FOUNDING FATHERS George Washington- He was the first President of the United States Alexander Hamilton- He was the first United States Secretary of the Treasury Thomas Jefferson- He could speak 5 different languages fluently John Adams- He was the first vice President
THIRTEEN COLONIES New England contains of 4 colonies. Massachusetts, Connecticut, New Hampshire, and Rhode Island The Middle Colonies contains of 4 colonies. New York, Pennsylvania, New Jersey, and Delaware The Southern Colonies contains of 5 colonies. Maryland, Virginia, North and South Carolina, and Georgia
SOCIOECONOMIC REGIONS New England was known for fishing, and being dependent on the ocean The Middle Colonies were known for farming, logging, shipbuilding, textile production and paper making The Southern Colonies were known for slavery. Charleston became one of the centers of the America slave trade in the 1700’s
WHY DID SLAVERY COME TO AMERICA? Slavery came to America because the colonial people needed help in the fields. Chesapeake Region became most dependent on slavery because they had lots of big plantations.
JOBS DURING COLONIAL TIMES Silversmith- a sculptor of silver, from first pour to final polish Blacksmith- crafters of hardware for homes and tools for fellow tradesmen Gunsmith- master of forge, file and wood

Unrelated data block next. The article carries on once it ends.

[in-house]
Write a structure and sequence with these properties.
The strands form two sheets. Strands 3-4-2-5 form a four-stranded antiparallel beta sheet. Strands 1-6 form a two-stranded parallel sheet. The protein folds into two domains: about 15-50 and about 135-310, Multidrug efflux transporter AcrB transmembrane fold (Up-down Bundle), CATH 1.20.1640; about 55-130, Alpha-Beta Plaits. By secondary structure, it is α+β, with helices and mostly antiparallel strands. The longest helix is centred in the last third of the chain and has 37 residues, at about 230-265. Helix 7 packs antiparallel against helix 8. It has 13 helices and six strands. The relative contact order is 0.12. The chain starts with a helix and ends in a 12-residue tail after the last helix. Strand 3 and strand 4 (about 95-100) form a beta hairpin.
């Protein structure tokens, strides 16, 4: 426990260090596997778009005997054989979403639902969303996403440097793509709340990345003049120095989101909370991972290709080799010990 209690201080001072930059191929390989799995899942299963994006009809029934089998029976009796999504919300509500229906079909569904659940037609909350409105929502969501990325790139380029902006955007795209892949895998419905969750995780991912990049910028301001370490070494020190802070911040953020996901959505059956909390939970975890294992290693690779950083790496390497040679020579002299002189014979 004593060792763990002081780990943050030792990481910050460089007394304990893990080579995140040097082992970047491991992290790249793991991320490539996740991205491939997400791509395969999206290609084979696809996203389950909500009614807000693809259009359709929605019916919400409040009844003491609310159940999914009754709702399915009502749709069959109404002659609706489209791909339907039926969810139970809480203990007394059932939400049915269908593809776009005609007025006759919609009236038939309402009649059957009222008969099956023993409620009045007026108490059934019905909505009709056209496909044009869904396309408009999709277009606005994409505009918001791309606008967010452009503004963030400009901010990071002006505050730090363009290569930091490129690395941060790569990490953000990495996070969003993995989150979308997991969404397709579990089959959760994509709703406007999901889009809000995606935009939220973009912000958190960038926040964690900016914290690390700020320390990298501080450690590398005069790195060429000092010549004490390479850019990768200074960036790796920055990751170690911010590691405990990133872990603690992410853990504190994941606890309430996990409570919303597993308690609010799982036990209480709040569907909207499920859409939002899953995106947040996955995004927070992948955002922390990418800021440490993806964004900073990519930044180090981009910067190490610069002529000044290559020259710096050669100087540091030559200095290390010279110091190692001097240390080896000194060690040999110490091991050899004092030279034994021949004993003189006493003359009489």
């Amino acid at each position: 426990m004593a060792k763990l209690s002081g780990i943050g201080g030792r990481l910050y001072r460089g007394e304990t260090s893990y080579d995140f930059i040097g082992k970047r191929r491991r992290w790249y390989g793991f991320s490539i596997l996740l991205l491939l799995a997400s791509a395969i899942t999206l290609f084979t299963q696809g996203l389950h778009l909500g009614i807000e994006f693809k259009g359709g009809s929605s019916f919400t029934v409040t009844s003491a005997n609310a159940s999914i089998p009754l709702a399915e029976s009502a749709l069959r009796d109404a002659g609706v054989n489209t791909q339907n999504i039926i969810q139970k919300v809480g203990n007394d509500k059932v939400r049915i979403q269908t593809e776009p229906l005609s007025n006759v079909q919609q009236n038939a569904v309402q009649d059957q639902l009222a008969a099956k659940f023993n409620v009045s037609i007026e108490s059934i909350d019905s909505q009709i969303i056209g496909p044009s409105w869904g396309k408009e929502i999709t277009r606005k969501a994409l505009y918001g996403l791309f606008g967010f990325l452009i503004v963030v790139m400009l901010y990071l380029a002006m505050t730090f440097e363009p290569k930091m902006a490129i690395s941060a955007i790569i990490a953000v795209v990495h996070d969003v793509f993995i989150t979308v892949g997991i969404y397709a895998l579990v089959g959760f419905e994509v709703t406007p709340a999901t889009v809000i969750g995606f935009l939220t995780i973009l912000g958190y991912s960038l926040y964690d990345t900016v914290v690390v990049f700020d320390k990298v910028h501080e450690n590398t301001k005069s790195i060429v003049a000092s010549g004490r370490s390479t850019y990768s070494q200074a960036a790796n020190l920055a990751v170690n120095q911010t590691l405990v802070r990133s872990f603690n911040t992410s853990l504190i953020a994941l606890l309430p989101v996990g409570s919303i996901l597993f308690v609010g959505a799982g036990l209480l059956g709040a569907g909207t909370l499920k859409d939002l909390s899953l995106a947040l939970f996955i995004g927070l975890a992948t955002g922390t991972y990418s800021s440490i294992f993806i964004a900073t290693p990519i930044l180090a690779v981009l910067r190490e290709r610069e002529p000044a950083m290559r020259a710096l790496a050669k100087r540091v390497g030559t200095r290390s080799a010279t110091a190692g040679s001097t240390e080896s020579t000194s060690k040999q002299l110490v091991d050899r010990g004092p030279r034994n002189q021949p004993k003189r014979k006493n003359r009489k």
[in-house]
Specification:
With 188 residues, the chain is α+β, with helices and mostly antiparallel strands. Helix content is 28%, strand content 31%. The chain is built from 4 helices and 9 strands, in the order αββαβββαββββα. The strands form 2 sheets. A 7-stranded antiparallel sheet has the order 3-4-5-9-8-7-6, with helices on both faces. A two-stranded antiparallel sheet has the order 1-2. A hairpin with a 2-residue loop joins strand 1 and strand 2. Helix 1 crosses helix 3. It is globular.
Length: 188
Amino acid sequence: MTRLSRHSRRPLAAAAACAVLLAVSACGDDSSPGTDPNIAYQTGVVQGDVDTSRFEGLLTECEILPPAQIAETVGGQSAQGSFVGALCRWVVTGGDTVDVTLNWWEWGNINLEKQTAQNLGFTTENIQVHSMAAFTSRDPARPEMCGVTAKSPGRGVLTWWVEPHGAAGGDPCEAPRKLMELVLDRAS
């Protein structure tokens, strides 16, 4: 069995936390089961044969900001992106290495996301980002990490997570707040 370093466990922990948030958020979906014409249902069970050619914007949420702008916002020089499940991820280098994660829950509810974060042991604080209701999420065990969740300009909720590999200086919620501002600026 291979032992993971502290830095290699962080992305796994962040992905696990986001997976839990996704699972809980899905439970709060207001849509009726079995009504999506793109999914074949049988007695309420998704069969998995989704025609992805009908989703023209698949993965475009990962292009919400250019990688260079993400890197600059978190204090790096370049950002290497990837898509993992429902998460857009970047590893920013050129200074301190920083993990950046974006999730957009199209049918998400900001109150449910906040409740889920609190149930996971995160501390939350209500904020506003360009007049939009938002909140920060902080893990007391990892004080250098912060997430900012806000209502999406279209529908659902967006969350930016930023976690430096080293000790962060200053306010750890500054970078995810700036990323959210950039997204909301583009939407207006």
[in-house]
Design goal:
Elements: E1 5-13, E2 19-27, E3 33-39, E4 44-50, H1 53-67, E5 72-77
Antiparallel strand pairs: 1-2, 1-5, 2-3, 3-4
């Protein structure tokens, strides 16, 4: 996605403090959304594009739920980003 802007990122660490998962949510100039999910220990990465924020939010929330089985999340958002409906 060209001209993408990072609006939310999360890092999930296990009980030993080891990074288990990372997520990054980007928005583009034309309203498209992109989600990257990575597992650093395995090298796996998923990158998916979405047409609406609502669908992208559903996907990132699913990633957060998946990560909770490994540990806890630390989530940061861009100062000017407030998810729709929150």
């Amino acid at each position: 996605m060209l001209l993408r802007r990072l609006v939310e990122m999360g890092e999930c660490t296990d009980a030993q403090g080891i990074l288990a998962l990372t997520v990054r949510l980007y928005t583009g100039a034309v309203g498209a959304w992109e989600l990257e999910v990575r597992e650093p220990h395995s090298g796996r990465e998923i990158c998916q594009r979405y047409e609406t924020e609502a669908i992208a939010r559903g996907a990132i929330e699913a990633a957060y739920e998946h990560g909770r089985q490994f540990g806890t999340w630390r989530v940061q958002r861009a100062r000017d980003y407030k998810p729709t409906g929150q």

CRAFTS AND GAMES OF THE COLONIES Board games Puzzles Cards Rolling hoops Walking on stilts Nine pins
COSTUMES/CLOTHES OF THE COLONIES Men wore breeches, coats, cloaks, cravats, hats, shoes, stockings, under shirts Women wore caps, gowns, petticoats, shoes, sleeve ruffles
COLONIAL FOOD Peanut soup Gingerbread and Holiday Wassail Tidewater Chili
HOMES/SHELTERS Poor- the poor would use whatever they could find that was available to them to build a home. They often lived in dugout houses Middle Class- if you were middle class you would live in a 1 or 2 room house Rich- if you were rich you would probably live in the south. You would live on a large plantation. Most people had slaves to help them work on there field
EDUCATION Education was widely accessible to those who could afford it, so youth interpreters frequently depict educational activities such as practicing letters on slate boards, reading 18 th -century children’s books and assembling puzzles. Sewing was a important part of a young lady’s education, so girls sit by the window working on samplers, mending clothing, or perhaps making doll clothes.